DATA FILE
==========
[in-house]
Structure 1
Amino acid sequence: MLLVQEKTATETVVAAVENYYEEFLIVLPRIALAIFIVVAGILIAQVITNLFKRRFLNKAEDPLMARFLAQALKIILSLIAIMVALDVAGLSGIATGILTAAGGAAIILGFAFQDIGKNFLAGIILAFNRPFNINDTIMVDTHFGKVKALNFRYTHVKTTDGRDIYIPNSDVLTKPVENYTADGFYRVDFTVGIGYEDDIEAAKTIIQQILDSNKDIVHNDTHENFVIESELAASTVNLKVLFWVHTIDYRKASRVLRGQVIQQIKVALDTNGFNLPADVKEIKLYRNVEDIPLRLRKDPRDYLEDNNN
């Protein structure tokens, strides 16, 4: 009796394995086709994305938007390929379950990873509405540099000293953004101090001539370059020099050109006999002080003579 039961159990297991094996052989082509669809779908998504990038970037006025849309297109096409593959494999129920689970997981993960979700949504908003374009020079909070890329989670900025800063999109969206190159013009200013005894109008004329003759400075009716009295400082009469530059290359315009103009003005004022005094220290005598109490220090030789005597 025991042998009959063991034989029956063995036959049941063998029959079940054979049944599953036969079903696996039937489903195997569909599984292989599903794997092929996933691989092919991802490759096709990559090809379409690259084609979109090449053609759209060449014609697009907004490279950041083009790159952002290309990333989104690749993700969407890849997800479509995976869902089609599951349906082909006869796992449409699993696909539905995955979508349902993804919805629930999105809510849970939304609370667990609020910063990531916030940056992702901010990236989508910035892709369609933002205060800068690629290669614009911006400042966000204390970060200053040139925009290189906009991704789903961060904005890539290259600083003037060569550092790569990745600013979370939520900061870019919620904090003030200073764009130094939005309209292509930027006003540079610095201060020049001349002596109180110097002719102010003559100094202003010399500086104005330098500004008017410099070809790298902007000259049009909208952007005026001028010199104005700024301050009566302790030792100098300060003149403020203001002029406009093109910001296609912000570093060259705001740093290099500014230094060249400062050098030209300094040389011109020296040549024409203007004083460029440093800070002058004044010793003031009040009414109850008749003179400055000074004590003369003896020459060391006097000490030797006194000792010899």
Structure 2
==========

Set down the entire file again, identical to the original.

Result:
[in-house]
Structure 1
Amino acid sequence: MLLVQEKTATETVVAAVENYYEEFLIVLPRIALAIFIVVAGILIAQVITNLFKRRFLNKAEDPLMARFLAQALKIILSLIAIMVALDVAGLSGIATGILTAAGGAAIILGFAFQDIGKNFLAGIILAFNRPFNINDTIMVDTHFGKVKALNFRYTHVKTTDGRDIYIPNSDVLTKPVENYTADGFYRVDFTVGIGYEDDIEAAKTIIQQILDSNKDIVHNDTHENFVIESELAASTVNLKVLFWVHTIDYRKASRVLRGQVIQQIKVALDTNGFNLPADVKEIKLYRNVEDIPLRLRKDPRDYLEDNNN
């Protein structure tokens, strides 16, 4: 009796394995086709994305938007390929379950990873509405540099000293953004101090001539370059020099050109006999002080003579 039961159990297991094996052989082509669809779908998504990038970037006025849309297109096409593959494999129920689970997981993960979700949504908003374009020079909070890329989670900025800063999109969206190159013009200013005894109008004329003759400075009716009295400082009469530059290359315009103009003005004022005094220290005598109490220090030789005597 025991042998009959063991034989029956063995036959049941063998029959079940054979049944599953036969079903696996039937489903195997569909599984292989599903794997092929996933691989092919991802490759096709990559090809379409690259084609979109090449053609759209060449014609697009907004490279950041083009790159952002290309990333989104690749993700969407890849997800479509995976869902089609599951349906082909006869796992449409699993696909539905995955979508349902993804919805629930999105809510849970939304609370667990609020910063990531916030940056992702901010990236989508910035892709369609933002205060800068690629290669614009911006400042966000204390970060200053040139925009290189906009991704789903961060904005890539290259600083003037060569550092790569990745600013979370939520900061870019919620904090003030200073764009130094939005309209292509930027006003540079610095201060020049001349002596109180110097002719102010003559100094202003010399500086104005330098500004008017410099070809790298902007000259049009909208952007005026001028010199104005700024301050009566302790030792100098300060003149403020203001002029406009093109910001296609912000570093060259705001740093290099500014230094060249400062050098030209300094040389011109020296040549024409203007004083460029440093800070002058004044010793003031009040009414109850008749003179400055000074004590003369003896020459060391006097000490030797006194000792010899």
Structure 2